Research Projects

This section introduces current projects of the Developmental and Cellular Biology group.

On the way to personalized clinical trials in a dish

We use human patient specific midbrain organoids as in vitro disease model for Parkinson’s Disease (PD). The primary cells used in our studies are provided by PD patients that donate their skin cells (e.g. Luxembourg Parkinson Study cohort in NCER-PD). These skin cells harbor the genetic identity of the individual including the mutations that have been shown to cause or increase the risk of developing PD. These skin cells are then reprogrammed into induced pluripotent stem cells (iPSCs), a cell type comparable to embryonic stem cells and able to give rise to every cell within the human body. Currently, we use cells that harbor mutations in the PD associated genes LRRK2, GBA, SNCA, VPS35, PINK1, PARKIN, and MIRO1. Additionally, samples from idiopathic (no known causative mutation) PD patients are used.

Using the iPSCs, we mimic the neurodevelopmental process in a dish and generate complex 3D cellular structures, so-called midbrain organoids - regionalized mini brains. The region we choose to produce is the midbrain, because loss of dopaminergic neurons within the midbrain is the main clinical hallmark of PD and leads to typical PD-associated motor symptoms such as tremor. Using these midbrain organoids, we do in vitro disease modelling by comparing the organoids from patients to those coming from healthy individuals. In addition to these healthy controls, we also genetically engineer isogenic midbrain organoids from iPSCs where we have introduced gene corrected mutations using the CRISPR/Cas9 technology. As PD is a multifactorial disease and each individual has a different genetic background, this methodology helps us to differ between mechanisms and phenotypes that are disease or mutation dependent. The subsequent comparative analyses rely on deep cellular and molecular phenotyping and multi-omics approaches. Once the patient specific phenotypes are established and an underlying mechanism has been discovered, different approaches can be envisioned in order to stratify the patients and find common as well as personalized differences. Ultimately, observed PD phenotypes can be rescued by drug/compound treatment or genetic modifications. Lastly, environmental contributions can be evaluated by the individual patient susceptibility towards external stimulants or toxins. These system manipulations allow us to discover novel potential disease modifiers as well as treatment strategies and to study their impact, leading the way to precision medicine.

Model development

The human brain is an immensely complex structure, with different anatomical and functional regions. In many aspects, iPSC-derived three-dimensional human brain organoids, collectively called minibrains, resemble the developing human brain. They contain the most relevant cell types (neurons, astrocytes and oligodendrocytes), have functional synapses as well as axon myelination. Most importantly, they show a spatial organization and asymmetry that resembles the developing human brain. However, they are lacking components of the immune system, such as microglia cells, as well as components of the circulatory system, such as vasculature, which both are shown to be relevant in neurodegenerative disease pathology, including PD. Therefore, we are constantly developing our models to make them even more physiologically relevant and study new roles of these cell types in healthy and disease context. On the other hand, PD is a complex disease, not only affecting single brain regions (like the midbrain), but the complete brain or even the entire body. By generating assembloids via merging organoids representing different brain regions (e.g. the midbrain and the striatum or the hindbrain), or different parts of the body (e.g. the brain and the intestine), we develop more complex and representative in vitro disease models that allow us to study the disease from a systemic point of view. In order to connect and culture these assembloids, we make use of both in-house and project partner-obtained microfluidic devices, inserts or chips. Interestingly, the different organoids can be derived from a single stem cell culture from any individual rendering our system truly personalised.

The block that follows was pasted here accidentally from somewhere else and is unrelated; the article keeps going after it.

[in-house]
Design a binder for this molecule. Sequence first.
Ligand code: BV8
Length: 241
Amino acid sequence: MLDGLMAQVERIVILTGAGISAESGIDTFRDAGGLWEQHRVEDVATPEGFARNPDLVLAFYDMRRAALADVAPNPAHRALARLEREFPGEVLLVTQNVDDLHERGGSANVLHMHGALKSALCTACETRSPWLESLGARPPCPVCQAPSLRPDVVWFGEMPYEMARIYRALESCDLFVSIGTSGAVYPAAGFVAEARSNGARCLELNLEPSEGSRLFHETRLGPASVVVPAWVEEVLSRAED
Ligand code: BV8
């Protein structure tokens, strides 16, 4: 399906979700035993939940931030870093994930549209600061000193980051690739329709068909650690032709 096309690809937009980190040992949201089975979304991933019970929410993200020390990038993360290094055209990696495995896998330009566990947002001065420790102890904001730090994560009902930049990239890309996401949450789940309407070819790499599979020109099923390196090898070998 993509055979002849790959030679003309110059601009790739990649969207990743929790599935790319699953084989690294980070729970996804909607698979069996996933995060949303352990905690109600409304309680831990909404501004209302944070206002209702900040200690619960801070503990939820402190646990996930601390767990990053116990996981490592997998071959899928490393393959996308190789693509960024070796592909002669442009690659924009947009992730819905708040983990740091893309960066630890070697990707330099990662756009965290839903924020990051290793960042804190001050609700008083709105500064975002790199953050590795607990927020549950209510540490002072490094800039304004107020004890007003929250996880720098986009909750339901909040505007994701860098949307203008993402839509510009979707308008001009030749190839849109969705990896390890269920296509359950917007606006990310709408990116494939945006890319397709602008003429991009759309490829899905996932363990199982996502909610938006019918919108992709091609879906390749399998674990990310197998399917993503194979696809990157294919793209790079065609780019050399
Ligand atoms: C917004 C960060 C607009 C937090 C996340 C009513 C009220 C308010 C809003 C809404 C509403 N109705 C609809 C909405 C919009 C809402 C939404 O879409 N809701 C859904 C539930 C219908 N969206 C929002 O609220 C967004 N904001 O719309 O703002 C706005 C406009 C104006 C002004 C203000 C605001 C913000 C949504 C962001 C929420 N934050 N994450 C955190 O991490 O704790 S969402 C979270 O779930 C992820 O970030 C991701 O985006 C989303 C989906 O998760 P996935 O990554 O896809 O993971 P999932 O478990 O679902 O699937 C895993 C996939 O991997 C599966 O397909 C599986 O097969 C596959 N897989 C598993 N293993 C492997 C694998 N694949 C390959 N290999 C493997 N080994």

Next steps towards an advanced in vitro modelling of disease – Microglia & Vascularization

PD etiology is complex with the implication of many different cells of the brain. Current evidence indicates that the immune system, especially the aspect of neuroinflammation, also plays a critical role in PD. Microglia, the main immune cells in the brain are thus a relevant focus in PD pathology. Study on human microglia is relatively complicated and it is mainly accomplished via in vivo or postmortem brain biopsies. Therefore, by combining iPSC and organoid technology, we aim to study the role of microglia in PD pathogenesis using patient-derived iPSC. By integrating iPSC-derived microglia into midbrain organoids, we aim to resemble the more physiological interaction between microglia and the brain. Hopefully this will give us clues on the mechanistic role of microglia in neurodegeneration.

Furthermore, our recent efforts have focused on combining midbrain and vascular assembloids. The vasculature contain an endothelial network that could be the focus of studies related to the observed vasculature instability in PD and its consequences on brain physiology. By integrating microglia into midbrain-vascular assembloids, we further advance the model into an assembloid that contains all cell types in the brain. Ultimately, this model may better recapitulate the brain microenvironment in an in vitro 3D system, where it can be used to obtain more information about the disease, its molecular mechanism and possibly therapeutic targets in the future.